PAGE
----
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Reader Expectation, The Suzanne Brockmann Edition

JMC has a great post  up regarding reader expectation.  Apparently there is some question as to whether a couple of characters who have been together over the course of several books are being torn apart and given an HEA with a different couple.  Brockmann is notorious for having what she terms unreliable narrators wherein the POV told by a character may actually not be accurate but you don't find this out until several books down the road.  This appears to be the case, although JMC argues that the signs, if a reader was looking for them, were there for the reader to spot the inconsistencies in the narrator's POV.  

Jane Litte is the founder of Dear Author, a lawyer, and a lover of pencil skirts. She self publishes NA and contemporaries (and publishes with Berkley and Montlake) and spends her downtime reading romances and writing about them. Her TBR pile is much larger than the one shown in the picture and not as pretty. You can reach Jane by email at jane @ dearauthor dot com


  1. jmc
    Dec 18, 2008 @ 11:43:04

    Jane, just to clarify, the characters in question have never been a couple on the page, so there’s no question of them being torn apart. They were introduced six or seven books ago in a way that a reader could reasonably have thought they might end up a couple, but that hasn’t happened yet. Many readers were/are expecting them to get their HEA -together- in this next book. And since I haven’t read the spoilers, I imagine that they may still. [My original post makes it clear how likely I think that is. Or isn’t. But I have no inside line on the matter, so I have a 50% chance of being wrong.]

  2. Jane
    Dec 18, 2008 @ 12:18:09

    @jmc Thanks for the clarification. I stopped reading after Max and Gina because the multiple storylines isn’t for me so I don’t even know the characters that people are up in arms about.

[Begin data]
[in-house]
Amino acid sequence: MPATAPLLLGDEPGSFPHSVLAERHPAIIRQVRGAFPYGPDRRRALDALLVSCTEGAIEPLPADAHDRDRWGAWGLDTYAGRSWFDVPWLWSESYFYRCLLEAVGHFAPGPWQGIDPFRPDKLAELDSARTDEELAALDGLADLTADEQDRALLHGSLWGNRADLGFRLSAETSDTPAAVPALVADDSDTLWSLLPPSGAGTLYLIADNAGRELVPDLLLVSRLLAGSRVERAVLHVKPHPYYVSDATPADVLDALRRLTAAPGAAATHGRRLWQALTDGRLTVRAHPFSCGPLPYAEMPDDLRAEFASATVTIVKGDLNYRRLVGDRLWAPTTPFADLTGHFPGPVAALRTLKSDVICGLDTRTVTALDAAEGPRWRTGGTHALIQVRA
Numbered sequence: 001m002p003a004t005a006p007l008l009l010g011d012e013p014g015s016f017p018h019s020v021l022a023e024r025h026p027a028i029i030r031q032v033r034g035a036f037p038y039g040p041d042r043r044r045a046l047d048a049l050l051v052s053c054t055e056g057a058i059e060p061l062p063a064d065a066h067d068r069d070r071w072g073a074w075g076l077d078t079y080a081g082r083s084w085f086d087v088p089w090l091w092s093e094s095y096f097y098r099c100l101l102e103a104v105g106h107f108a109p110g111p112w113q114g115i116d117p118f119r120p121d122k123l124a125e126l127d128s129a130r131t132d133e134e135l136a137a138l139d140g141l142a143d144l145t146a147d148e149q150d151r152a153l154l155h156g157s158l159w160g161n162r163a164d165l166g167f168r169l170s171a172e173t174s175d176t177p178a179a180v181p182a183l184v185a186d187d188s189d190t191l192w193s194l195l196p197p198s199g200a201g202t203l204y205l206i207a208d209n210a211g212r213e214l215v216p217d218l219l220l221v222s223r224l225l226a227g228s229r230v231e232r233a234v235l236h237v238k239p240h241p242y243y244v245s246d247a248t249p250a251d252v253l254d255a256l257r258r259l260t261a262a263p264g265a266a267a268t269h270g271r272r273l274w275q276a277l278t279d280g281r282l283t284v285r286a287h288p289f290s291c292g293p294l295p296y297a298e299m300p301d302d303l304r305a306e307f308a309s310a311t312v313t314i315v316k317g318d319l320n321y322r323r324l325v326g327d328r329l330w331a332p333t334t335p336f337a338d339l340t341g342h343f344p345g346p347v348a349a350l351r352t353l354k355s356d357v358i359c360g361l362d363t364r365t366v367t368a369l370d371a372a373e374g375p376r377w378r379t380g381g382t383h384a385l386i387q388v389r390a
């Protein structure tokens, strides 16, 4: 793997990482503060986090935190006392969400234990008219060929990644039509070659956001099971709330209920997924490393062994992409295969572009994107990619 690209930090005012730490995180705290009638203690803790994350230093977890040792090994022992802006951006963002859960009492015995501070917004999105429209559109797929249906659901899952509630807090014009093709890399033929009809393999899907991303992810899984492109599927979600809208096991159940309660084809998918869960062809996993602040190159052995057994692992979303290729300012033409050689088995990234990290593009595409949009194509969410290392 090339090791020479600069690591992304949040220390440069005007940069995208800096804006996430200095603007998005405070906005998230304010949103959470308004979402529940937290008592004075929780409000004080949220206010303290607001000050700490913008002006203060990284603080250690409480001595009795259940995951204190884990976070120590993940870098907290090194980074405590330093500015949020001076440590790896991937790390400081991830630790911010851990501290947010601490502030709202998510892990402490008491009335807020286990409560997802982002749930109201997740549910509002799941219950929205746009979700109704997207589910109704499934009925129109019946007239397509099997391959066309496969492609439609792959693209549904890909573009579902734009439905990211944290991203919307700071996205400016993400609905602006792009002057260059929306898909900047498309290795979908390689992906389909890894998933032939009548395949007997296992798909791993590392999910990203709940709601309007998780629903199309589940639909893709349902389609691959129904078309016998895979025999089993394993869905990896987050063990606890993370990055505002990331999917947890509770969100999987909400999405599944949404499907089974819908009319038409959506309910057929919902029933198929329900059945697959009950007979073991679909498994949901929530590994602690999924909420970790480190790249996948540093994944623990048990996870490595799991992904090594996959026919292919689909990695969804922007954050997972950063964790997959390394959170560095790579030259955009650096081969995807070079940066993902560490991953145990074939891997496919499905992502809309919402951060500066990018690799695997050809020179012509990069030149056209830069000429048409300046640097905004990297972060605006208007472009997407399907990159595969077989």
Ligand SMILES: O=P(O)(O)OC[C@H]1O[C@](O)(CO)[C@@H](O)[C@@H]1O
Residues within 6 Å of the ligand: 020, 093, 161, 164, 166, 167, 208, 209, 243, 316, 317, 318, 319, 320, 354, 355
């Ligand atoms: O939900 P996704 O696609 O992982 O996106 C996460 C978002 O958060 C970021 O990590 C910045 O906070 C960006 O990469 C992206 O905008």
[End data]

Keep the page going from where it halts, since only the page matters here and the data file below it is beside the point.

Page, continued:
My opinion is that a reader has the right to feel betrayed, upset, and voice it and never buy the author again or take a break (I don’t trust Charlaine Harris and haven’t been able to continue with her Stackhouse series). The author has the right to do what she wants with her characters. What I don’t like is if an author says something like “Oh you just don’t get it. or Trust me to do the right thing.” Every reader is going to have a different interpretation and their reaction, even if it isn’t the one that author’s want, is still valid.

  3. I Am Devastated By This! « My Thoughts On Nothing Much At All
    Dec 18, 2008 @ 16:21:00

    […] to read the comments from readers on Amazon, message board posts on Brockmann’s site and blog posts (and subsequent comments) about the situation. There are some seriously unhappy people. […]

  4. Marg
    Dec 18, 2008 @ 23:31:44

    I am personlly rooting for Sophie and Dave. I don’t know how I’d feel if I thought Brockmann was making a bad choice (like if she hadn’t let Sam and Alyssa be together), but I don’t mind this turn at all. I actually was never as invested in the Sophie/Decker/Dave triangle thing as I was with other characters. I was kinda relieved it was getting resolved because it was starting to feel drawn out. I also agree with JMC that you never (at least not recently) feel Decker’s ‘longing’ for Sophie. You also are never really given a good reason for Sophie to be so obsessed with Decker. Besides, if you have read the except, how can you not love Dave? It almost made me cry, and it’s like one page.

    As far as the readers’ rights to dicate story lines…I think people should be satisfied with good writing and the promised HEA. Half the fun of reading a story is seeing how the plot plays out. I often complain because a story is too predictable, so is it really fair to complain when we are thrown a surprise curveball? Brockmann has written over fifty books, thirteen in this series. I think she can experiment a little with her own formula.

    While I love Brockmann, and will probably buy her books convulsively on sight no matter what she does, I have noticed that she has been using, IMO, the ‘third-party eavesdropper’ POV a lot more in emotionally explosive (maybe even inapropriate?) scenes. This has worked for me in her other books, but for some reason in Into the Fire, I felt physically uncomfortable having huge mobs of almost every character in the book witnessing these really personal conversations. I was embrassed for the characters and it took me out of the story at some points.